2.Pernell Whitaker: The fighter known as “Sweet Pea” displayed some of the greatest defensive pugilism the sport has ever seen. Whitaker can stand in front of an opponent and make them miss with his dipsy doodle slipping and ducking scheme or block them with his gloves. Whitaker knew how to keep a low center of gravity and adapting a defensive scheme for specific oppponents. Some great defensive fighters often have trouble with a whirlwind type of offense that keeps plugging away from all angles. Whitaker in a fight with an undefeated Spaniard named Policarpo Diaz was able to withstand an incredible assault of punches coming from all directions. Julio Cesar Chavez a fighter known to eventually break down fighters with body punching couldn’t penetrate the Whitaker shield. Whitaker was like morphing computer generated images you see in films in the way he could contort and reshape his body to elude or deflect punches. Although you can make a case that guys like Locche or Benitez could rival Whitaker’s slipping ability, no other fighter had the entire defensive package that Whitaker had since Pep.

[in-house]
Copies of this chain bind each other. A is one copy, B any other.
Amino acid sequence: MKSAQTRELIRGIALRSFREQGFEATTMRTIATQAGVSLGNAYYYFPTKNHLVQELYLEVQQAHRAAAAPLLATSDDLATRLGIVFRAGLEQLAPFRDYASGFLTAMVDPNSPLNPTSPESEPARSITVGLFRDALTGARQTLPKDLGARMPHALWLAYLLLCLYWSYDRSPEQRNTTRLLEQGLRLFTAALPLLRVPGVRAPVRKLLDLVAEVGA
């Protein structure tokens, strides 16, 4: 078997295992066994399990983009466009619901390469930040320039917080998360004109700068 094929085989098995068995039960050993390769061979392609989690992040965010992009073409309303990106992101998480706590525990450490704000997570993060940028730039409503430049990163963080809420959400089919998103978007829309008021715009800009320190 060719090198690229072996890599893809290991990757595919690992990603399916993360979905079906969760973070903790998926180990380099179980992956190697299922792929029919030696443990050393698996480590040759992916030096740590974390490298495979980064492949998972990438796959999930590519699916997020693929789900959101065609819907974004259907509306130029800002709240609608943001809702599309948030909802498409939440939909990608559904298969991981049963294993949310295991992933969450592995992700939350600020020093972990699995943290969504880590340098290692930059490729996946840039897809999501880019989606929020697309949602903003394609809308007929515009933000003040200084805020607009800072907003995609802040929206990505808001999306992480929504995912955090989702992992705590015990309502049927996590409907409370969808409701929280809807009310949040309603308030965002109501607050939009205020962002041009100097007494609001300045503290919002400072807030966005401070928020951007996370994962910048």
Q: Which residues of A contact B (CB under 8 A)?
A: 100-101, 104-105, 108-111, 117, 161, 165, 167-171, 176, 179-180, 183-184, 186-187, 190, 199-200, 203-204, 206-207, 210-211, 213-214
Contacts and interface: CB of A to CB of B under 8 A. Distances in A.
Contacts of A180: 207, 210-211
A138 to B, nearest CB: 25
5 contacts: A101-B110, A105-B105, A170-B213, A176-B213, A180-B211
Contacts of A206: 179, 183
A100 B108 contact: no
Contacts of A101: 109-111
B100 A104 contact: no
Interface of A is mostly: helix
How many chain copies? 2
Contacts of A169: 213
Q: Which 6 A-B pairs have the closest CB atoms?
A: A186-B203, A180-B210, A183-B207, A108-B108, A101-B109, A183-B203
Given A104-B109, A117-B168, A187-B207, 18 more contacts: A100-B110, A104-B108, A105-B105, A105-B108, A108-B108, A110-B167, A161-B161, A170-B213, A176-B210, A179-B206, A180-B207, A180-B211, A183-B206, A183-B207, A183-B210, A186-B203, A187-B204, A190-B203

3.Nicolino Locche: The argentine fighter known as “El Intocable (the untouchable) would go 129 fights before having a KO blemish on his record. This was due to his great reflexes, agility, and eye body coordination. Locche would win the light welterweight title against Takeshi Fuji in Tokyo. The japanese audience were in awe of this fighter who was stand like a mirage in front of the champion than disappear in a fraction of a second in displays of heart stopping dexterity. Locche would be influential to the modern defensive methods of keeping hands low and using reflexes generated by the waist to keep punches at bay. In addition, even when hit Locche was able to deflect and roll with the punches to take the sting out of the blows.